Don’t miss: ‘You will not believe what I’ve just found.’ Inside the ivermectin saga: a hacked password, mysterious websites and faulty data.

Other COVID-19 news you should know about:

•A blockade of the bridge between Canada and Detroit by protesters demanding an end to Canada’s COVID-19 restrictions forced the shutdown Wednesday of a Ford
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plant and began to have broader implications for the North American auto industry, the Associated Press reported. Prime Minister Justin Trudeau, meanwhile, stood firm against an easing of Canada’s COVID-19 restrictions in the face of mounting pressure during recent weeks by protests against the restrictions and against Trudeau himself. The protest by people mostly in pickup trucks entered its third day at the Ambassador Bridge between Detroit and Windsor, Ontario. Traffic was prevented from entering Canada, while U.S.-bound traffic was still moving.

From New York to California, an increasing number of states are lifting statewide mask mandates as the Omicron wave recedes. Federal public-health officials, meanwhile, continue to recommend mask-wearing in public indoor settings in much of the country. Photo: Joe Raedle/Getty Images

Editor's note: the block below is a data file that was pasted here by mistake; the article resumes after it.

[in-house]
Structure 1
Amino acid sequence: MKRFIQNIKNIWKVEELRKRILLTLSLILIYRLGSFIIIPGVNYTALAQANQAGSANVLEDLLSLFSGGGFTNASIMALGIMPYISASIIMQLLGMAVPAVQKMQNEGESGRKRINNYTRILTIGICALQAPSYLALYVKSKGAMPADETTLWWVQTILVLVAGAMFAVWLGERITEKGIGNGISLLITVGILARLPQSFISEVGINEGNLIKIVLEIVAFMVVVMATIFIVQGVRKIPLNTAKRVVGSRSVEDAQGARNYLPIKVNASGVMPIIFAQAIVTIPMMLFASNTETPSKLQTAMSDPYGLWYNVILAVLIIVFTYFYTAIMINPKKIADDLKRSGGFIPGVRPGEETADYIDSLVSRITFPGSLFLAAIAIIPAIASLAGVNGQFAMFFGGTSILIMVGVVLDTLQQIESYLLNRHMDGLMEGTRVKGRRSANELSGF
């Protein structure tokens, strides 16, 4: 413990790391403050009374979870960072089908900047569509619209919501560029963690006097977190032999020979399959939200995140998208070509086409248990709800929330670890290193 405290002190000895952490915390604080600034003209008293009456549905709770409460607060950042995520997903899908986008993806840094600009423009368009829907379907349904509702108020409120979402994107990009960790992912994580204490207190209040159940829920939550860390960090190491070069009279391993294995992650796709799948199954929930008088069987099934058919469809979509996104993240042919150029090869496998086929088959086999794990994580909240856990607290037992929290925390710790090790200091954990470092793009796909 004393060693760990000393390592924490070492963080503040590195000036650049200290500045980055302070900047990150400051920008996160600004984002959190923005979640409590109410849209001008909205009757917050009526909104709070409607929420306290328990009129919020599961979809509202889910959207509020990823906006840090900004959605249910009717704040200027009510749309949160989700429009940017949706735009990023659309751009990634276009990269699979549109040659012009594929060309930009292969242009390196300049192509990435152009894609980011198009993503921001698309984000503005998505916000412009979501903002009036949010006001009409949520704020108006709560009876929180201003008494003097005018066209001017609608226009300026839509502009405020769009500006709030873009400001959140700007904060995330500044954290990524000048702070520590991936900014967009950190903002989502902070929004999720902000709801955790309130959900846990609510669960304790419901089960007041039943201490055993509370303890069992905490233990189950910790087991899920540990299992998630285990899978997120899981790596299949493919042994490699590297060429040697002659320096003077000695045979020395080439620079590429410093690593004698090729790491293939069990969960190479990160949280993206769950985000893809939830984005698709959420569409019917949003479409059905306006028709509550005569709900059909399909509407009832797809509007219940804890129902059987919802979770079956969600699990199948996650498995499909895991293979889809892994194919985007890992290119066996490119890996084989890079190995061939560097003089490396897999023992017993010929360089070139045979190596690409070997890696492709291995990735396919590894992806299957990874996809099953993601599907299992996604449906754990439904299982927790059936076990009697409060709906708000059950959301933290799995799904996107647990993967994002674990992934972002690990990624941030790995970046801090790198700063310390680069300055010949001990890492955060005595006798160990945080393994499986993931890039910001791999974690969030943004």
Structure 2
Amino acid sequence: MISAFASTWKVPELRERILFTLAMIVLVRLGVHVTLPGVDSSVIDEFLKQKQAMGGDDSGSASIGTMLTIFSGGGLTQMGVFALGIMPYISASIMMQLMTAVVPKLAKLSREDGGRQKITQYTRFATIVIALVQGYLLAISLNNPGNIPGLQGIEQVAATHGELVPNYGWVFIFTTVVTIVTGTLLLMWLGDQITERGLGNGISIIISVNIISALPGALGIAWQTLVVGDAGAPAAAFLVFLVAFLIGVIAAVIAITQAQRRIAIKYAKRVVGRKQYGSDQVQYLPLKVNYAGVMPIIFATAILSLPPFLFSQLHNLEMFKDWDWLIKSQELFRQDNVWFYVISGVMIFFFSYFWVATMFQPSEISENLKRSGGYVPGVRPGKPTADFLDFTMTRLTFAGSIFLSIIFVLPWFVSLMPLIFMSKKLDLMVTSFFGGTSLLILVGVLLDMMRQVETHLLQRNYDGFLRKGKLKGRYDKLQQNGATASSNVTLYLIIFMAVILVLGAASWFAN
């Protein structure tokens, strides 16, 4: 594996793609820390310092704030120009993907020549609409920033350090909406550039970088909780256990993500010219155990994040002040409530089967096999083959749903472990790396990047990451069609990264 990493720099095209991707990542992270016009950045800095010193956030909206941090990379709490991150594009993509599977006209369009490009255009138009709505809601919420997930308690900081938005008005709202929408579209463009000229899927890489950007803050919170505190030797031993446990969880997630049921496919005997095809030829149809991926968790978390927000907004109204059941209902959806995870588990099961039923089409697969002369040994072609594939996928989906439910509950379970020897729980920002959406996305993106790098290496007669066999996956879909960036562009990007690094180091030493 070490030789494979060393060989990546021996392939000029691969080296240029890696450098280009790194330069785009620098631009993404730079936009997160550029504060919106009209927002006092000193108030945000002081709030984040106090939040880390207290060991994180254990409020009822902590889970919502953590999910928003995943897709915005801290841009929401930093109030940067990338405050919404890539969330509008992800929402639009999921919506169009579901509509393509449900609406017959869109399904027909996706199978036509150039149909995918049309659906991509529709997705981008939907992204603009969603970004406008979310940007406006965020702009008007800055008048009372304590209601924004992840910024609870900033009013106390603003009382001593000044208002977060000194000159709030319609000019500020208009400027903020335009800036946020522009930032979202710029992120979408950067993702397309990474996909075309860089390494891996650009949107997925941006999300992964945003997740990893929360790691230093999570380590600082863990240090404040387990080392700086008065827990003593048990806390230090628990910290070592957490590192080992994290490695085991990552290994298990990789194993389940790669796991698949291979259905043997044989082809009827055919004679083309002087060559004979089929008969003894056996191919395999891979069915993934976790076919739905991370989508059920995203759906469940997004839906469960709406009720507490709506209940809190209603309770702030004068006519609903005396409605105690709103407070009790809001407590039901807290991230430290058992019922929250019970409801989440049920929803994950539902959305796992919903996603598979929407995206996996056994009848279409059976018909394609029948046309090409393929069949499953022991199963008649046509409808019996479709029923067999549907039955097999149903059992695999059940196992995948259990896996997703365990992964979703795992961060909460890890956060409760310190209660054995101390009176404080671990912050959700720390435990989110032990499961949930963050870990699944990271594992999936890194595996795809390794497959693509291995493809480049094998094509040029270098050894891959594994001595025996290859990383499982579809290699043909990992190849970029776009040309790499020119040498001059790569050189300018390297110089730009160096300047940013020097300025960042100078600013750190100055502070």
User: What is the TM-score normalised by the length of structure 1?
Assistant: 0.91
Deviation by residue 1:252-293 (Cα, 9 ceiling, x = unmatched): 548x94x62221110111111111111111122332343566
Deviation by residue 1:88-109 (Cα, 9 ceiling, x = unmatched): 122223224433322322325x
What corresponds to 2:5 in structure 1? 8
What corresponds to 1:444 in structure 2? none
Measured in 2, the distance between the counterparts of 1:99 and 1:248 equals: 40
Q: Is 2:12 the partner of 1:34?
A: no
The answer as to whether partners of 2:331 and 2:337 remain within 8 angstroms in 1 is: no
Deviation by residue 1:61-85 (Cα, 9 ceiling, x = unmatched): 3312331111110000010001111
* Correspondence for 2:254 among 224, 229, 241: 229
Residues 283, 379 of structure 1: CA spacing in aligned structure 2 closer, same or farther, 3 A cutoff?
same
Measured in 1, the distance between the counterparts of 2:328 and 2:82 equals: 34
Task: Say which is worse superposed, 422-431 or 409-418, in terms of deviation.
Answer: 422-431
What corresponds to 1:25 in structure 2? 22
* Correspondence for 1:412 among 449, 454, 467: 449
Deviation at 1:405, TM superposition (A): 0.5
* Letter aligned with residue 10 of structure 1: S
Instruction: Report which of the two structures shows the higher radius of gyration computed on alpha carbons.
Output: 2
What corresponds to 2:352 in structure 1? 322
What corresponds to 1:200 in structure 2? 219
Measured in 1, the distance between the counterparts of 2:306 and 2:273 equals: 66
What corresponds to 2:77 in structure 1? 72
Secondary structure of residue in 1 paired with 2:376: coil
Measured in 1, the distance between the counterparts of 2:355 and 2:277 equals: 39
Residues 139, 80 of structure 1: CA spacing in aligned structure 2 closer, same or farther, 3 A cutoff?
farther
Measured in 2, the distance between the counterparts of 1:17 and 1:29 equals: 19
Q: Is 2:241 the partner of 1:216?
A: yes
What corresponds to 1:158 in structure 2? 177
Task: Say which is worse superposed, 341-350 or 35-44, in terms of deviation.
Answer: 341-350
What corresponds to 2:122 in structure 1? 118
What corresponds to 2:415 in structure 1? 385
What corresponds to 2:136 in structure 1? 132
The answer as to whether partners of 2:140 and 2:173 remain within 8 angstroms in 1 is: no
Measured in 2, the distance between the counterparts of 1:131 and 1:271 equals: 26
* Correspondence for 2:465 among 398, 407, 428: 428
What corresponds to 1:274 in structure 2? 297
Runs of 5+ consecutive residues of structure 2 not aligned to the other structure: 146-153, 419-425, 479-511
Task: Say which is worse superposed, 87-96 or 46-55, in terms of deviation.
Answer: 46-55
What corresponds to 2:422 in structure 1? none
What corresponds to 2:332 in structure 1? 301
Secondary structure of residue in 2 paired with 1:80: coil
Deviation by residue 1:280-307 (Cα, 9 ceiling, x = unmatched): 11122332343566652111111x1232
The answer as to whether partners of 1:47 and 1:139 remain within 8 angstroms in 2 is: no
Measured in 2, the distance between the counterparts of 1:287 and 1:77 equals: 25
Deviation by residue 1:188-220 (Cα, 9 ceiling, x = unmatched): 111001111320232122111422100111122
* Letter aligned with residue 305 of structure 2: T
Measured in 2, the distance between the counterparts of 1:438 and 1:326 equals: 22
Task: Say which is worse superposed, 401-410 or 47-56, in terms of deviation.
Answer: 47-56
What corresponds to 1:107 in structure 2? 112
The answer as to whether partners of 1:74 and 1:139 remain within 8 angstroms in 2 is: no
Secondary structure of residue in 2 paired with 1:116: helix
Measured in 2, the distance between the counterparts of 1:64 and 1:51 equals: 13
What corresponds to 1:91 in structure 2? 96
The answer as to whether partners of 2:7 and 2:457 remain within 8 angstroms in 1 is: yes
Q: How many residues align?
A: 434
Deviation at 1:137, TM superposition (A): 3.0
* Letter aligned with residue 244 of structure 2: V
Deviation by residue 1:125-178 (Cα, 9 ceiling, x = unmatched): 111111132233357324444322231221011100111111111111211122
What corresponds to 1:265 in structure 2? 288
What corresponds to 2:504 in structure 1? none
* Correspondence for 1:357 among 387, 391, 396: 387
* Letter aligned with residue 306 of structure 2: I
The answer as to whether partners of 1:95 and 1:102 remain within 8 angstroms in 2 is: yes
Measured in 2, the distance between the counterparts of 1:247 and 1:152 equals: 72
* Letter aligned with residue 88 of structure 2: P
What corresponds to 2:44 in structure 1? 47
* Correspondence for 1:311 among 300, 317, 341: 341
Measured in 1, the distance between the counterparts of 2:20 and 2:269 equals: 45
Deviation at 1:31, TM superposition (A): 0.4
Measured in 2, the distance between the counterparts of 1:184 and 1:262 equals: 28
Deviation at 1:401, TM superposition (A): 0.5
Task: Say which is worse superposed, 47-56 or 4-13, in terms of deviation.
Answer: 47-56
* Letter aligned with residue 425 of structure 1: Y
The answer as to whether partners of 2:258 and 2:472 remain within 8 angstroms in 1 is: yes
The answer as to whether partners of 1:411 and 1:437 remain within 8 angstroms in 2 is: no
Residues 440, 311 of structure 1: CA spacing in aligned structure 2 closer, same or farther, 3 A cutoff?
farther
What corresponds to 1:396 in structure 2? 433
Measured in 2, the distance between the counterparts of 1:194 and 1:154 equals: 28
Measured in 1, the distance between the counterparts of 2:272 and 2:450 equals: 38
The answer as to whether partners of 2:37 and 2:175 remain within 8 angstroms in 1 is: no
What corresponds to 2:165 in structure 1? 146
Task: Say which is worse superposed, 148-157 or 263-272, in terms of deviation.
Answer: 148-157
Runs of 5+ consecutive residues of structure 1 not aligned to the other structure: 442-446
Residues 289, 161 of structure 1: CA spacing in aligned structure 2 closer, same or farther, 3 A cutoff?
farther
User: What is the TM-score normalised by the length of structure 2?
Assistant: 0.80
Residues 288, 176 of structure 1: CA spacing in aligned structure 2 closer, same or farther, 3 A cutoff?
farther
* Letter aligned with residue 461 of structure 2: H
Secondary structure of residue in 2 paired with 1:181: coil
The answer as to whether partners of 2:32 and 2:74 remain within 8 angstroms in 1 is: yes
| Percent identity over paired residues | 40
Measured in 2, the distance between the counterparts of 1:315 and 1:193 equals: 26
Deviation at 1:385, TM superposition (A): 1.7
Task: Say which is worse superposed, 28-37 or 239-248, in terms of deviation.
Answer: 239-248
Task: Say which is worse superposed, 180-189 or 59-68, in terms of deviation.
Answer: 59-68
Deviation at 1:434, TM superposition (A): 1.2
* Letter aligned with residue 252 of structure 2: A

• Belgium and France have moved to block copycat “freedom convoys’ that had announced plans to descend on Brussels and Paris in the coming days, according to media reports. Authorities in both capitals have announced a ban on such protests, CNN reported. The convoys are seeking to block off the cities until political leaders agree to drop COVID restrictions. French European Affairs Minister Clément Beaune slammed the protesters as anti-vaccine conspiracy theorists, saying in an interview with French broadcaster LCI that “it is a bit paradoxical to pretend to be for freedom when the project is to block people’s lives.”

•Prince Charles has tested positive for COVID for a second time, the Guardian reported. The73-year-old heir to the throne is self-isolating. His first case was in March of 2020, when he confirmed losing his sense of taste and smell but suffering overall from a fairly mild form of the virus.

• New Zealand counted a record of 306 new community cases of COVID on Thursday, beating the previous record of 243 on Feb. 5, local broadcaster RNZ reported. Police arrested 122 people who were protesting against protection measures and refused to leave the grounds of the parliament.

Footage showed trucks in gridlock on the Ambassador Bridge, a key trading link between the U.S. and Canada. It was temporarily closed early Tuesday amid growing protests against Canada’s Covid-19 vaccine mandates. Photo: WXYZ/AP

Here’s what the numbers say

The global tally of confirmed cases of COVID-19 rose above 403.9 million on Thursday, according to data aggregated by Johns Hopkins University, while the death toll climbed above 5.77 million.

The U.S. leads the world with 77.1 million cases and 912,257 deaths.

The Centers for Disease Control and Prevention’s tracker shows that 213.2 million people living in the U.S. are fully vaccinated, equal to 64.2% of the population. But just 90.5 million are boosted, equal to 42.5% of the vaccinated population.